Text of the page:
Aprotinin was a frequently used plasmin inhibitor in the past. However, it has recently been reported to increase the risks of allergic reactions, renal failure, stroke, myocardial infarction, and mortality rates (Ray, 2008; Schneeweiss et al., 2008). In fact, Health Canada (2007) released an advisory on the use of Aprotinin related to concerns of life-threatening allergic reactions and increased risk of renal failure in patients who received this drug. Therefore, the use of Aprotinin is no longer common practice.

Diagnosis of ACT. Factors to consider in the diagnosis of ACT are multifaceted. Hence, it is important to take a systematic approach when considering the differential diagnosis. The process of diagnosing ACT begins with the identification of the clinical signs and is confirmed through the use of key diagnostic tools.

Chest x-ray radiographic findings that show a widened mediastinum or displacement of the cardiac silhouette are indicative of fluid or a blood clot in the mediastinal space (Bojar, 2005). A characteristic "water-bottle" shaped configuration of the cardiac silhouette may also be observed (McCance & Huether, 2006; Yarlagadda & Hout, 2006). The most definitive tool for diagnosing ACT is a 2D echocardiogram (Chadwell, 2006). Echocardiograms are able to detect fluid collections in amounts as little as 20 ml (McCance & Huether). In the presence of ACT, the echocardiogram findings will reveal collapse or partial collapse of the atria or ventricles related to the development of the pericardial effusion (McCance & Huether). As well, there will be distention of the inferior vena cava and a fluctuation in flow of mitral and tricuspid filling velocities with respiratory variation (Kuvin et al., 2002).

There are two possible approaches when performing an echocardiogram. The first is the transthoracic method, a noninvasive procedure that uses an ultrasound probe placed on the patients' chest. The limitation of this view is the inability to see posterior compartmented effusions. The second method, a transesophageal approach, is used in more complex cases and is considered to be superior because this approach is more invasive, requiring pharyngeal intubation. This test is generally performed only when there is a suboptimal transthoracic view (Chadwell, 2006; Russo et al., 1993).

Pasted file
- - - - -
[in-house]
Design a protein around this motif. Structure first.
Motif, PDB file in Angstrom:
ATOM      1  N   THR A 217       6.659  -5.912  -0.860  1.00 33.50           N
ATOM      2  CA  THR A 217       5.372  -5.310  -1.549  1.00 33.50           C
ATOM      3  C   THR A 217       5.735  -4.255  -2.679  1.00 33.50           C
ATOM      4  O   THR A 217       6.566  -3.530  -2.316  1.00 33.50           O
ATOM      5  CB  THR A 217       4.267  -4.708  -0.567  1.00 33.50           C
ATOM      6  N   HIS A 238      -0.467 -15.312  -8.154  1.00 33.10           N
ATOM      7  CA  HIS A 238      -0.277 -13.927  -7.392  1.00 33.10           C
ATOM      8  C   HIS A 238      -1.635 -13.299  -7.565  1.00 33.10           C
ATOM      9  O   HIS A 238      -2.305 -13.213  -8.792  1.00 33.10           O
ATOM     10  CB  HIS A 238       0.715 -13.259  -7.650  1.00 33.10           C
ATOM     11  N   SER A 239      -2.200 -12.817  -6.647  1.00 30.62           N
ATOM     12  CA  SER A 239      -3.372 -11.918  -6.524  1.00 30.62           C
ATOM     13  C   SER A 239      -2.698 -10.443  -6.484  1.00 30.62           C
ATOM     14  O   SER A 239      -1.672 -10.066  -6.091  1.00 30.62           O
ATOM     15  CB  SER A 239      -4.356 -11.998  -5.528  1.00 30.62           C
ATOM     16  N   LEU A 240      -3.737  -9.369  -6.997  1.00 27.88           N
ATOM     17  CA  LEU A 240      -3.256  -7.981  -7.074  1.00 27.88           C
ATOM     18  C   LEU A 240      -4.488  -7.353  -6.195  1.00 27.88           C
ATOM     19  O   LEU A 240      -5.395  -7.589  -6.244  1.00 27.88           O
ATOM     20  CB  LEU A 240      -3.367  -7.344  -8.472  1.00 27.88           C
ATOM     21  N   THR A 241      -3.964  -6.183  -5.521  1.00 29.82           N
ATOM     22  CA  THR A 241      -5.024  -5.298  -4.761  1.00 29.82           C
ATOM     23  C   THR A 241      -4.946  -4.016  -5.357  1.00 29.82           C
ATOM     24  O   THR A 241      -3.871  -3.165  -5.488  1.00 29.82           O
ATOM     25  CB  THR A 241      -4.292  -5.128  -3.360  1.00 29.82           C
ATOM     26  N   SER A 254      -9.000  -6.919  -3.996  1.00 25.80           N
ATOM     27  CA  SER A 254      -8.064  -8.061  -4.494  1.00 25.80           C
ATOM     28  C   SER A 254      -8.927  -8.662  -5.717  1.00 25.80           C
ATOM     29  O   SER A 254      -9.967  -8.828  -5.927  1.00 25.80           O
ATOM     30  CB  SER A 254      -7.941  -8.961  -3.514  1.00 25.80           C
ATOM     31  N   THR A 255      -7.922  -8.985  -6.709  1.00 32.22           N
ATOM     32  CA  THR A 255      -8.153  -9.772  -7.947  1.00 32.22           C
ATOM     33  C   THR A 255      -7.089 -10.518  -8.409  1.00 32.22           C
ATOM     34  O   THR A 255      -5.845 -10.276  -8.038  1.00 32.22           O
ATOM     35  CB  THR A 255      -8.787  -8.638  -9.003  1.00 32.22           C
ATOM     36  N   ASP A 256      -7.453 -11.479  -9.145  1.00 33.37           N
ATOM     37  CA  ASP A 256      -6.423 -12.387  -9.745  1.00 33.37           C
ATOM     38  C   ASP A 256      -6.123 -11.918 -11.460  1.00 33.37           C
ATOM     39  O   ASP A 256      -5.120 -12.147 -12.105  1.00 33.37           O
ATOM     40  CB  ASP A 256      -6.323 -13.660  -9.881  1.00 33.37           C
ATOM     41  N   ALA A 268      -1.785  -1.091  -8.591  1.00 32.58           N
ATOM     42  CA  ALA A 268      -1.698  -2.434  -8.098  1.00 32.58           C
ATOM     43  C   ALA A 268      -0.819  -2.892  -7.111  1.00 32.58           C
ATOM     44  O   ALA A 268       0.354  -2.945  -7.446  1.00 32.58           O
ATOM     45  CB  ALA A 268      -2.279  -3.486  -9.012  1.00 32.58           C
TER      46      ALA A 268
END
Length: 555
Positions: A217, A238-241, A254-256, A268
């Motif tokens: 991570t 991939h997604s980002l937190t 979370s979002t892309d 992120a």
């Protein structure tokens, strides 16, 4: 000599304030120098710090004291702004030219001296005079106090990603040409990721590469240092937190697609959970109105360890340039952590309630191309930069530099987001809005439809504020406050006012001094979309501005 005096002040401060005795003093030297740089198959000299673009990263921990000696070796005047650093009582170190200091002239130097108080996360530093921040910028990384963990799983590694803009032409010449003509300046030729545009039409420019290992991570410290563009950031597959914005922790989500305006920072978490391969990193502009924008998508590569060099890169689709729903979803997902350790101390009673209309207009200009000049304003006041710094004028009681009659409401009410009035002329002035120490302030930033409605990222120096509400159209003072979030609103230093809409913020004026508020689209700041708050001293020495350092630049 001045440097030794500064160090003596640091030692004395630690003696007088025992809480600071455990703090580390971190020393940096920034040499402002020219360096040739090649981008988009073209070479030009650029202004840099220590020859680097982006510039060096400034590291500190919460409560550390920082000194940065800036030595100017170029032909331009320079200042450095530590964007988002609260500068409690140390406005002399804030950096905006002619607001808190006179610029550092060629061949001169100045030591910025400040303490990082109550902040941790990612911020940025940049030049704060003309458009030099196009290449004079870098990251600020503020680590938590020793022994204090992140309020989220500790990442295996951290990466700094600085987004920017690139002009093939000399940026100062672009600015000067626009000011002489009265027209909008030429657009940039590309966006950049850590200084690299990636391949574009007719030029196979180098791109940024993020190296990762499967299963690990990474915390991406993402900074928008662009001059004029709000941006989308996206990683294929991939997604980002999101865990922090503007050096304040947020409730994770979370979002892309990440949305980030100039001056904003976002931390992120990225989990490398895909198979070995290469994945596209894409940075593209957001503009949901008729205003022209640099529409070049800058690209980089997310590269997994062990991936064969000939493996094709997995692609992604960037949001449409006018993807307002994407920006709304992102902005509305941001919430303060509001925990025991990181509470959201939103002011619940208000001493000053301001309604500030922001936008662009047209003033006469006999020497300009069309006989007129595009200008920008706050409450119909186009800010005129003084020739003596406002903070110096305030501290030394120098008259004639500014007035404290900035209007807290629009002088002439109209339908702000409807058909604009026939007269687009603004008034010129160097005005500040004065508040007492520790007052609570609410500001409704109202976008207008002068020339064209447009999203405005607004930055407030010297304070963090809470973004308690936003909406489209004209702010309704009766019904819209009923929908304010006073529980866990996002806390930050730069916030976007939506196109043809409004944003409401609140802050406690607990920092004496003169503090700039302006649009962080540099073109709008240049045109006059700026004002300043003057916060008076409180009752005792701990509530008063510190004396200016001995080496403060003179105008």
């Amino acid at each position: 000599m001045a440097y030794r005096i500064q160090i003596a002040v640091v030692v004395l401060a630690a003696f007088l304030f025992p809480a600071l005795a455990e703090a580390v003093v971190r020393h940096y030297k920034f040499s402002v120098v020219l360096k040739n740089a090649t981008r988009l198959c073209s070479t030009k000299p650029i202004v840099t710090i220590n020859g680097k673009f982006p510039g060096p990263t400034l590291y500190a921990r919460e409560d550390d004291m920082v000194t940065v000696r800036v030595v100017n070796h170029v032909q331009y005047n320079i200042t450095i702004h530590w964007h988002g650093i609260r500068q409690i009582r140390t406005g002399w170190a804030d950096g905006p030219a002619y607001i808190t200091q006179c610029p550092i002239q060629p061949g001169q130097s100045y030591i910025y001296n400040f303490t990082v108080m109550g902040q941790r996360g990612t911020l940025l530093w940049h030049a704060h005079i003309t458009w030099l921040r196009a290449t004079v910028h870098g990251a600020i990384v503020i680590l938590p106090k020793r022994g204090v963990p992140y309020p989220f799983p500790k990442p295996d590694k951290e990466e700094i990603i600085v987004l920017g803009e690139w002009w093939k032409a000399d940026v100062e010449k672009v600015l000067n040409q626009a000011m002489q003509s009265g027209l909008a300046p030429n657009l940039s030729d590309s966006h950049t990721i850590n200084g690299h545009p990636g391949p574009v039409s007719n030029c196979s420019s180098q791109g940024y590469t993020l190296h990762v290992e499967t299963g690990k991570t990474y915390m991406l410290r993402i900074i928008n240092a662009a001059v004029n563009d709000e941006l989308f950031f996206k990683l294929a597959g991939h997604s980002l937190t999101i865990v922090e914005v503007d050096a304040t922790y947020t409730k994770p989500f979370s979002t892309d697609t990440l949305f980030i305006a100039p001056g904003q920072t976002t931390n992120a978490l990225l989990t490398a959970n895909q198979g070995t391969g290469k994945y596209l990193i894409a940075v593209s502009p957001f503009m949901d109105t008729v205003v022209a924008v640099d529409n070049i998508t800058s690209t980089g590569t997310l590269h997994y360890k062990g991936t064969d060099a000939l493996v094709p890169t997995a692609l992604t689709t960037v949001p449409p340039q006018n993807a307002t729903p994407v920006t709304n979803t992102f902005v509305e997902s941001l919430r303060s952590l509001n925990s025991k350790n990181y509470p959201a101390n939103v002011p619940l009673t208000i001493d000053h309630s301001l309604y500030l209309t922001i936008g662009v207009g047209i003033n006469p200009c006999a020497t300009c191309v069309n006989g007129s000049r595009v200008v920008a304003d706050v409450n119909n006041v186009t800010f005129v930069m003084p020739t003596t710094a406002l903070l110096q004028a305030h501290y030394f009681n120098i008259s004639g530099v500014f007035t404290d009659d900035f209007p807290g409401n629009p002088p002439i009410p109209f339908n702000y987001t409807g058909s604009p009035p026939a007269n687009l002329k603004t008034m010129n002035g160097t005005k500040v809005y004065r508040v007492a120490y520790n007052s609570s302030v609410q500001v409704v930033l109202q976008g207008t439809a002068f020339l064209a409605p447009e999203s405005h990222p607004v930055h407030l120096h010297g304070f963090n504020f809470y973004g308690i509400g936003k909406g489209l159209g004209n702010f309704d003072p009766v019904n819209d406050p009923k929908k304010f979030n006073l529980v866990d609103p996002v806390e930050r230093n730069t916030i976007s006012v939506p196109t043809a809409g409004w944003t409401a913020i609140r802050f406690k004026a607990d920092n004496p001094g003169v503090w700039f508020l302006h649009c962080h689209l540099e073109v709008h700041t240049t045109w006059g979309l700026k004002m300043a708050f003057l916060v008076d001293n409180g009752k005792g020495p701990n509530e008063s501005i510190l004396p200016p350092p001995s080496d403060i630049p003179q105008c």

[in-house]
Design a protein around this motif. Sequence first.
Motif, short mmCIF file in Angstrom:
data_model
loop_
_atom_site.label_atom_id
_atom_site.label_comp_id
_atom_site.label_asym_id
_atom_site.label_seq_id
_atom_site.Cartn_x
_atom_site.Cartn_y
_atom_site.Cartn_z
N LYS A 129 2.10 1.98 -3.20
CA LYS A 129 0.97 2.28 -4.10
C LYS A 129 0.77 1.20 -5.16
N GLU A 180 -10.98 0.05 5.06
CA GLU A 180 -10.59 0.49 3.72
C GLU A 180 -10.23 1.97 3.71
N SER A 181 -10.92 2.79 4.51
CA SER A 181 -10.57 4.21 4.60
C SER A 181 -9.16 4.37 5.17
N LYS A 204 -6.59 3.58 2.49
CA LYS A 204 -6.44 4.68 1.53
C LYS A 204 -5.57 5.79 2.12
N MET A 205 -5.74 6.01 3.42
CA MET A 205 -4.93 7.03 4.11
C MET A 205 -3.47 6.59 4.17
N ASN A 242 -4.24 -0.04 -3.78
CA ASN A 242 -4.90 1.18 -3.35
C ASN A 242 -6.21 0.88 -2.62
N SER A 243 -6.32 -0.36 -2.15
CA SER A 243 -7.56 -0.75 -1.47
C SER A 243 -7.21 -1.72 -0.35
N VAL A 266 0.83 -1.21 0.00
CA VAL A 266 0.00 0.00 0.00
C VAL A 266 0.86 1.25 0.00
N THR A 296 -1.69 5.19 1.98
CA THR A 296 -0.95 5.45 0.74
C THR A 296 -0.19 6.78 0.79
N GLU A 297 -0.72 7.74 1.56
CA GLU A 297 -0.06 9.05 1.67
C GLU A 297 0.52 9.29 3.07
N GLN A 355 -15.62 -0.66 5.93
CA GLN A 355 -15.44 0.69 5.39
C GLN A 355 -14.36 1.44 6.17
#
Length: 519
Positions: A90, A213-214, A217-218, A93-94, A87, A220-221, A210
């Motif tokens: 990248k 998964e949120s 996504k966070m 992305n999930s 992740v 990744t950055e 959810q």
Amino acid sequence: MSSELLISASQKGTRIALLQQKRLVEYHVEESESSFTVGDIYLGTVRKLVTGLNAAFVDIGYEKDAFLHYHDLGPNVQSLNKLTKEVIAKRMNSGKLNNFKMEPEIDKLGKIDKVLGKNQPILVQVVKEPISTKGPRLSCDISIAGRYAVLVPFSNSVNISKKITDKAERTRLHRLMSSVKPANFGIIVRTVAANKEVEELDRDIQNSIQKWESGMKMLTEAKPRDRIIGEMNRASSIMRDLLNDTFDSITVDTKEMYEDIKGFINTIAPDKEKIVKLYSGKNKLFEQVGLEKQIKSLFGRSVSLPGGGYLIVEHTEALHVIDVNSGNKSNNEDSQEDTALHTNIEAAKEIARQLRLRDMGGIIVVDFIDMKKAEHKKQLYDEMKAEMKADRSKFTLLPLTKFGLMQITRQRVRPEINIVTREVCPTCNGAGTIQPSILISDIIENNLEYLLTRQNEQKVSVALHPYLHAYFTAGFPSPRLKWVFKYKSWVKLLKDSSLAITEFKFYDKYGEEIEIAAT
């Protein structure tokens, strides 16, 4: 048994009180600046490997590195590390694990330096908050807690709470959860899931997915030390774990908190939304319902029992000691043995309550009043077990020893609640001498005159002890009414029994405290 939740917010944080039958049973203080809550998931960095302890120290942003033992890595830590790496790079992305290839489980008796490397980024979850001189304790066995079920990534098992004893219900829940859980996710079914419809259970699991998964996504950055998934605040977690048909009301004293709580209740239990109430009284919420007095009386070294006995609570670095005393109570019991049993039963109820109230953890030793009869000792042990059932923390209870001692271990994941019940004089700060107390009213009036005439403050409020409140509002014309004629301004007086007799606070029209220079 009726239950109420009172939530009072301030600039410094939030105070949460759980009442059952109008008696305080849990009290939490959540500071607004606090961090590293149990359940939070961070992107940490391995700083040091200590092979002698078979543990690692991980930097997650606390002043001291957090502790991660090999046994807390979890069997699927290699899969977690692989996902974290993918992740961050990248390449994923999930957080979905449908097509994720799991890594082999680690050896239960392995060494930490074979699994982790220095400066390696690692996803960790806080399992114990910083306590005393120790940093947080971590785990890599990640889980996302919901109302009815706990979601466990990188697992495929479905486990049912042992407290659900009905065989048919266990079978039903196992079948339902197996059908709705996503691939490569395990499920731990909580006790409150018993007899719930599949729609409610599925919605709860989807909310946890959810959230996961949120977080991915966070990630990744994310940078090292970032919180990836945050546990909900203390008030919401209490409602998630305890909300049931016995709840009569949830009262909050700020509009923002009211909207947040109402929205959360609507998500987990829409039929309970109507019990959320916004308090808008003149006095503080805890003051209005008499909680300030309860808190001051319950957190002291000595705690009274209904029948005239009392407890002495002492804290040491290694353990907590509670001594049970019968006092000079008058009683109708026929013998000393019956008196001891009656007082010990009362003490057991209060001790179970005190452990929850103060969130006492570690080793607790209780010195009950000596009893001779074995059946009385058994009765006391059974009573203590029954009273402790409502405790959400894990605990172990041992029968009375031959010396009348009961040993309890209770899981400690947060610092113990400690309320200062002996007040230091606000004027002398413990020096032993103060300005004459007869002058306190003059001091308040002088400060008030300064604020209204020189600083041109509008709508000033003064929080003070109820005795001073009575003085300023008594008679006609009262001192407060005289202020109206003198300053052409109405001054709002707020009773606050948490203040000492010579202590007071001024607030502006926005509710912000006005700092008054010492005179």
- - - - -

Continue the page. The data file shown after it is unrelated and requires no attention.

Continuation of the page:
Management of ACT. ACT is one of the major reasons for cardiac re-operation. For the patient who is diagnosed with ACT, re-sternotomy is generally the only option to determine and alleviate the underlying cause of the bleeding. Ideally, the patient is returned to the operating theatre. However, if the patient has a cardiac arrest, emergent re-sternotomy in the intensive care unit (ICU) setting may be required (Fiser, Tribble, Kern, Long, Kaza, & Kron, 2001). Patients who require re-sternotomy are more likely to require inotropic agents. They will also have a longer ICU stay, and an overall prolonged hospital stay than those patients who do not require this additional procedure (Karthik et al., 2004). In addition, patients who develop ACT are at higher risk of mortality than those who do not develop this complication. Therefore, prevention and early detection of ACT is central to optimizing cardiac surgery patient outcomes.

Conclusion

ACT is a rare, but life-threatening complication following postoperative bleeding in the cardiac surgery patient population. Therefore, anticipating this complication is central to optimal patient care. Critical care nurses are instrumental in affecting the outcome of these patients. This article has provided a comprehensive overview of the pathophysiology, the assessment, and management of ACT risk, and the care of the patient with ACT. This knowledge will enable the CCN to anticipate and prevent this life-threatening complication and, thus, optimize outcomes for this complex surgical population.

References

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By Sandra L. Christie, RN, BN, and Jo-Ann V. Sawatzky, RN, PhD

About the authors

Sandra L. Christie, RN, BN, Graduate Student (Nurse Practitioner Stream), Faculty of Nursing, University of Manitoba.

Jo-Ann V. Sawatzky, RN, PhD, Associate Professor, Faculty of Nursing, University of Manitoba.

Address for correspondence: Sandra L. Christie, Cardiac Sciences Program, St. Boniface General Hospital, 409 Tache Ave., Winnipeg, MB R2H 2A5. Phone (204) 235-3511; e-mail: schristie@sbgh.mb.ca
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Author:Christie, Sandra L.; Sawatzky, Jo-Ann V.
Publication:Dynamics
Article Type:Clinical report
Geographic Code:1CANA
Date:Dec 22, 2008